The environment controls the DNA
The DNA coils itself around protein complexes called nucleosomes. Importantly, nucleosomes can carry various chemical modifications that either allow, or prevent, the expression of the DNA wrapped around them. Every time a cell divides into new cells, its double-stranded DNA splits into two single strands, which then each produce a new double-strand.
Nucleosomes though are not duplicated like the DNA-strands. Rather, they are distributed between the two new DNA double strands and the empty spaces are filled by new nucleosomes. Cell division is therefore an opportunity for changes in the nucleosomal composition of a specific DNA region. Changes can also happen during the lifetime of a cell due to chemical reactions allowing interconversions between the different nucleosome types. The effect of these changes can be that a latent capacity that was dormant comes to life, or, conversely, that a previously active capacity shuts down.
Same inheritance ?different traits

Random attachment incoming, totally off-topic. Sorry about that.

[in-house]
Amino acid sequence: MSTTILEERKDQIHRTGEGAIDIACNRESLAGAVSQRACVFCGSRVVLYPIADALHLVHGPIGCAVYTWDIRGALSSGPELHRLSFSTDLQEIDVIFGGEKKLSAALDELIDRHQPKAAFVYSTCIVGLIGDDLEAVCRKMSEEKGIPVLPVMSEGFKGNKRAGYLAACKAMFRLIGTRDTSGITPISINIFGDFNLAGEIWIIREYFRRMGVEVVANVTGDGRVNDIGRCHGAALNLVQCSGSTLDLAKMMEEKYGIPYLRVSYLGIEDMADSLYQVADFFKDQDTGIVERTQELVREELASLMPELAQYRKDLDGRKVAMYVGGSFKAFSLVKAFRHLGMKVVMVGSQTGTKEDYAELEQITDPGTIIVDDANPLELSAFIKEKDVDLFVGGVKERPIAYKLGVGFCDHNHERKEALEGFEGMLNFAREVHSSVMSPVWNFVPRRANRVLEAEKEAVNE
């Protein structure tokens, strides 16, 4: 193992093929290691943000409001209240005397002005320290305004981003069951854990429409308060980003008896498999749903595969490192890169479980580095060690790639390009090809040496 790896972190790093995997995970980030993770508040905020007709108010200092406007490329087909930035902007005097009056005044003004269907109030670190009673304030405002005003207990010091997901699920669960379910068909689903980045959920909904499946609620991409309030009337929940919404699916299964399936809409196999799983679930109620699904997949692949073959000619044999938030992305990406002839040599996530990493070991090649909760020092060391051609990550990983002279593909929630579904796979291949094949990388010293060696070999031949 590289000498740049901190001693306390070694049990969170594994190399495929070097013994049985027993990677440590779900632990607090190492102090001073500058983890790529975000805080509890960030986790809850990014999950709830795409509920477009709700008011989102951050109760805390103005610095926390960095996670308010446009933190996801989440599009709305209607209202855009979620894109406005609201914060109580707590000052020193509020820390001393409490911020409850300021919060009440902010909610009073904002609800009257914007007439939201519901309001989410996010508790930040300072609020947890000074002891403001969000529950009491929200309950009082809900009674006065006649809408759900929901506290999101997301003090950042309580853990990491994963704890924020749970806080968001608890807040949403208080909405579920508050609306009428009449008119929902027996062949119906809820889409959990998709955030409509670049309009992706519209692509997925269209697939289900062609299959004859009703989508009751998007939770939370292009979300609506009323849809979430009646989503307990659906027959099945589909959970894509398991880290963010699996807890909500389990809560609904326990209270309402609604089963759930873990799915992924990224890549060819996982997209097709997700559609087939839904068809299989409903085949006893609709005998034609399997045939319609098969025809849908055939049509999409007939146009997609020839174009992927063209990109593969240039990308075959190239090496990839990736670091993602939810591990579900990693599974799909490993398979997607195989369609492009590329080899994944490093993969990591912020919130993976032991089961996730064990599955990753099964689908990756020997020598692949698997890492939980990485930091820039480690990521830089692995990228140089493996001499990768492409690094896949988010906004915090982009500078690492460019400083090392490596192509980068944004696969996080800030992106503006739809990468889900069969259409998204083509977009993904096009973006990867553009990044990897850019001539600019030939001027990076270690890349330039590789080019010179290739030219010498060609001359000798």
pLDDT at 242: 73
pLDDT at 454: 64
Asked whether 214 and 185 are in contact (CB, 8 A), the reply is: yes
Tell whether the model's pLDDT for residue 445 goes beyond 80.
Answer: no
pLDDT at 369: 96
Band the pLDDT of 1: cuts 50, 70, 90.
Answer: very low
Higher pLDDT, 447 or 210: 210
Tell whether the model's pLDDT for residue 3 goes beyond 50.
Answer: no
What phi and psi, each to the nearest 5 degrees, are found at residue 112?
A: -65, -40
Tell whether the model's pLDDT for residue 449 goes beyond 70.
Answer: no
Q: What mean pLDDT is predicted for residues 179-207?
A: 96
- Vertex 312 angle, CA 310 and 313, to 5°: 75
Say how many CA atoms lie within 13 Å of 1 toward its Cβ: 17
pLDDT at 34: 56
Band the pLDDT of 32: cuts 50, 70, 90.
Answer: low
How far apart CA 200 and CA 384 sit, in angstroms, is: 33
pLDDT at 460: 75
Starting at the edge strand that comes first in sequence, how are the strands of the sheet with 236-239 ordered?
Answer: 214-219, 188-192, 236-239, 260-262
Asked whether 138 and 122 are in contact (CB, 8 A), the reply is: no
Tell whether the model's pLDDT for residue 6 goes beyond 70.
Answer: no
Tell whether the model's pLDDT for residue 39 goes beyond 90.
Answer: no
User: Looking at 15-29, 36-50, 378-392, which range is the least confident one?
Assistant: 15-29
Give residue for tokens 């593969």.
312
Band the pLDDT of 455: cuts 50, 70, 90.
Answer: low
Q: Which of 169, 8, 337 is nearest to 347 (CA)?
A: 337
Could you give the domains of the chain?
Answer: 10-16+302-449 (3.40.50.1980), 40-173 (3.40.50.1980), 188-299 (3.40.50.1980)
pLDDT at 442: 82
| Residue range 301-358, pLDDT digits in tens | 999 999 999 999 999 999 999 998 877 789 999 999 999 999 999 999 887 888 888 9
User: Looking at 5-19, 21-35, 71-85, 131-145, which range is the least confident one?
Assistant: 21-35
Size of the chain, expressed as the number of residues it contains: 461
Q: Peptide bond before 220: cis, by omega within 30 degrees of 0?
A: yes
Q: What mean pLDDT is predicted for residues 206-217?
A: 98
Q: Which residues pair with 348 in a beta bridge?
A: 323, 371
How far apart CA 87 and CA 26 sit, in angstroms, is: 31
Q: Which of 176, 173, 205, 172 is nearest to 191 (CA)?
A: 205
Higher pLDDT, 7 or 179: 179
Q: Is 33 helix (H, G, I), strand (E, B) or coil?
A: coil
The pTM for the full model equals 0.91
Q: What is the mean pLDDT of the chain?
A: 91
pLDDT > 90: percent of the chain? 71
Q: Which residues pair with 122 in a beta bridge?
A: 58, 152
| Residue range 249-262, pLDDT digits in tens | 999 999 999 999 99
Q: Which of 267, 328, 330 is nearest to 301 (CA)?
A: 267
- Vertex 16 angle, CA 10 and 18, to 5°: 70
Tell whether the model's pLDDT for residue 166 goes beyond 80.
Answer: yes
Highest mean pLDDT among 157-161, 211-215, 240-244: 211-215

In the practical experiment molecular biologists used a mutant of a yeast cell which was bi-stable, in that it could become either of a single sex or hermaphrodite. The experiment showed that a spontaneous change occurred in the yeast cells about every 2000 cell-generations. By building a mathematical model based on positive feedback from the microscopic state of the nucleosomes, the research group could simulate the experimental results and in this way gained insight into the mechanisms by which living cells with identical DNA can achieve extreme differentiation.
The research at the ‘Models of Life?Basic Research Center at the Niels Bohr Institute has shown that communication between nucleosomes and positive feedback are likely to constitute fundamental memory mechanisms in individual cells. The mechanism gives
Source:University of Copenhagen